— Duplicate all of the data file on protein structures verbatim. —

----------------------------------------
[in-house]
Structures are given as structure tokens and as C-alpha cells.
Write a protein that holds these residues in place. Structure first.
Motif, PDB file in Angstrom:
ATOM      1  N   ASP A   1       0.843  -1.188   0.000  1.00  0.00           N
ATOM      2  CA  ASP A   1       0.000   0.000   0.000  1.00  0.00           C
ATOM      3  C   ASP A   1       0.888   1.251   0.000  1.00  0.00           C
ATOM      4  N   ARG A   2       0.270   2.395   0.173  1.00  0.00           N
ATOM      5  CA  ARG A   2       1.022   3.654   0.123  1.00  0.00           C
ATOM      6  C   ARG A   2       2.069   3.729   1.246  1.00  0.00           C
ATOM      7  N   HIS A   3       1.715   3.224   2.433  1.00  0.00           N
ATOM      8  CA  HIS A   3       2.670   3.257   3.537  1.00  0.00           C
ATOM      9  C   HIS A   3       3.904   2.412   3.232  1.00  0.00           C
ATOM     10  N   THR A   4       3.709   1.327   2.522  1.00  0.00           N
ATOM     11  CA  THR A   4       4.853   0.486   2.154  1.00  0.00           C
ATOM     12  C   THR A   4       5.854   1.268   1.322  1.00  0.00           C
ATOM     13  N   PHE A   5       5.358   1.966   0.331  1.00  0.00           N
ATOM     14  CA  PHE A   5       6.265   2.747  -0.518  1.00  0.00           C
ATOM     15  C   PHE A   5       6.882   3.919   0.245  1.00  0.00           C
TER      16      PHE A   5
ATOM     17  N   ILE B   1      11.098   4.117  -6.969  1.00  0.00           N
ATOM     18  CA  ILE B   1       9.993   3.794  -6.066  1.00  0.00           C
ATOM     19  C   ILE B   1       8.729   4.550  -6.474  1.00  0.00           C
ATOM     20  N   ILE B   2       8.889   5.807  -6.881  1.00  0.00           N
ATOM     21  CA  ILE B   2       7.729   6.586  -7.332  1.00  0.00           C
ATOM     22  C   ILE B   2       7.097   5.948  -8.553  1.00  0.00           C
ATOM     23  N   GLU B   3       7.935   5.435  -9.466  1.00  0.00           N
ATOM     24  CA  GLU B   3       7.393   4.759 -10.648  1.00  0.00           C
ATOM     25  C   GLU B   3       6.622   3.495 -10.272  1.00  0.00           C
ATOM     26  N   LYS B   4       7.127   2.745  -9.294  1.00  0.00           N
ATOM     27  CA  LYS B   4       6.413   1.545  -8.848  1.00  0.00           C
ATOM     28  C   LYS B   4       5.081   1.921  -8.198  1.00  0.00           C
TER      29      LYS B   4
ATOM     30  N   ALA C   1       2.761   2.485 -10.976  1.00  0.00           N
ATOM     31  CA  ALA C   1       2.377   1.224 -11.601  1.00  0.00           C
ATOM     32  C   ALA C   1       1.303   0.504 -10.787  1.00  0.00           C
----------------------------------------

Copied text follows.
[in-house]
Structures are given as structure tokens and as C-alpha cells.
Write a protein that holds these residues in place. Structure first.
Motif, PDB file in Angstrom:
ATOM      1  N   ASP A   1       0.843  -1.188   0.000  1.00  0.00           N
ATOM      2  CA  ASP A   1       0.000   0.000   0.000  1.00  0.00           C
ATOM      3  C   ASP A   1       0.888   1.251   0.000  1.00  0.00           C
ATOM      4  N   ARG A   2       0.270   2.395   0.173  1.00  0.00           N
ATOM      5  CA  ARG A   2       1.022   3.654   0.123  1.00  0.00           C
ATOM      6  C   ARG A   2       2.069   3.729   1.246  1.00  0.00           C
ATOM      7  N   HIS A   3       1.715   3.224   2.433  1.00  0.00           N
ATOM      8  CA  HIS A   3       2.670   3.257   3.537  1.00  0.00           C
ATOM      9  C   HIS A   3       3.904   2.412   3.232  1.00  0.00           C
ATOM     10  N   THR A   4       3.709   1.327   2.522  1.00  0.00           N
ATOM     11  CA  THR A   4       4.853   0.486   2.154  1.00  0.00           C
ATOM     12  C   THR A   4       5.854   1.268   1.322  1.00  0.00           C
ATOM     13  N   PHE A   5       5.358   1.966   0.331  1.00  0.00           N
ATOM     14  CA  PHE A   5       6.265   2.747  -0.518  1.00  0.00           C
ATOM     15  C   PHE A   5       6.882   3.919   0.245  1.00  0.00           C
TER      16      PHE A   5
ATOM     17  N   ILE B   1      11.098   4.117  -6.969  1.00  0.00           N
ATOM     18  CA  ILE B   1       9.993   3.794  -6.066  1.00  0.00           C
ATOM     19  C   ILE B   1       8.729   4.550  -6.474  1.00  0.00           C
ATOM     20  N   ILE B   2       8.889   5.807  -6.881  1.00  0.00           N
ATOM     21  CA  ILE B   2       7.729   6.586  -7.332  1.00  0.00           C
ATOM     22  C   ILE B   2       7.097   5.948  -8.553  1.00  0.00           C
ATOM     23  N   GLU B   3       7.935   5.435  -9.466  1.00  0.00           N
ATOM     24  CA  GLU B   3       7.393   4.759 -10.648  1.00  0.00           C
ATOM     25  C   GLU B   3       6.622   3.495 -10.272  1.00  0.00           C
ATOM     26  N   LYS B   4       7.127   2.745  -9.294  1.00  0.00           N
ATOM     27  CA  LYS B   4       6.413   1.545  -8.848  1.00  0.00           C
ATOM     28  C   LYS B   4       5.081   1.921  -8.198  1.00  0.00           C
TER      29      LYS B   4
ATOM     30  N   ALA C   1       2.761   2.485 -10.976  1.00  0.00           N
ATOM     31  CA  ALA C   1       2.377   1.224 -11.601  1.00  0.00           C
ATOM     32  C   ALA C   1       1.303   0.504 -10.787  1.00  0.00           C